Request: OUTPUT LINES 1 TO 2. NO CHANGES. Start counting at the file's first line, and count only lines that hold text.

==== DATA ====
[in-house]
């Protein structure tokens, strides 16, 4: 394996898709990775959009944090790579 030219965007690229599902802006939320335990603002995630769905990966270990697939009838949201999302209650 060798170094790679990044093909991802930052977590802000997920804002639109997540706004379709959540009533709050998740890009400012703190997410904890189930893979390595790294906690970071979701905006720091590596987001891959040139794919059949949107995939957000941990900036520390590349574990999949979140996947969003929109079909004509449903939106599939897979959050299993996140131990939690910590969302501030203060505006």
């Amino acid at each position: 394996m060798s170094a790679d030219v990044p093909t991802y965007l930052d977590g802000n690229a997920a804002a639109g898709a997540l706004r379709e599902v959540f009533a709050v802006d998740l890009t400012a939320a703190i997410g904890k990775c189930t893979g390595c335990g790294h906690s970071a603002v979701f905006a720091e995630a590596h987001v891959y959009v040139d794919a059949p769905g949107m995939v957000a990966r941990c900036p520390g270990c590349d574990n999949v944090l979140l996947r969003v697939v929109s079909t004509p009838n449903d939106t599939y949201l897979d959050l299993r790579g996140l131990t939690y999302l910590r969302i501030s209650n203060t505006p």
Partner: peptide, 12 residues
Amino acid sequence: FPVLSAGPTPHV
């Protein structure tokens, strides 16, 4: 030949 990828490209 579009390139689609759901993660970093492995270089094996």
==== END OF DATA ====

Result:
[in-house]
């Protein structure tokens, strides 16, 4: 394996898709990775959009944090790579 030219965007690229599902802006939320335990603002995630769905990966270990697939009838949201999302209650 060798170094790679990044093909991802930052977590802000997920804002639109997540706004379709959540009533709050998740890009400012703190997410904890189930893979390595790294906690970071979701905006720091590596987001891959040139794919059949949107995939957000941990900036520390590349574990999949979140996947969003929109079909004509449903939106599939897979959050299993996140131990939690910590969302501030203060505006």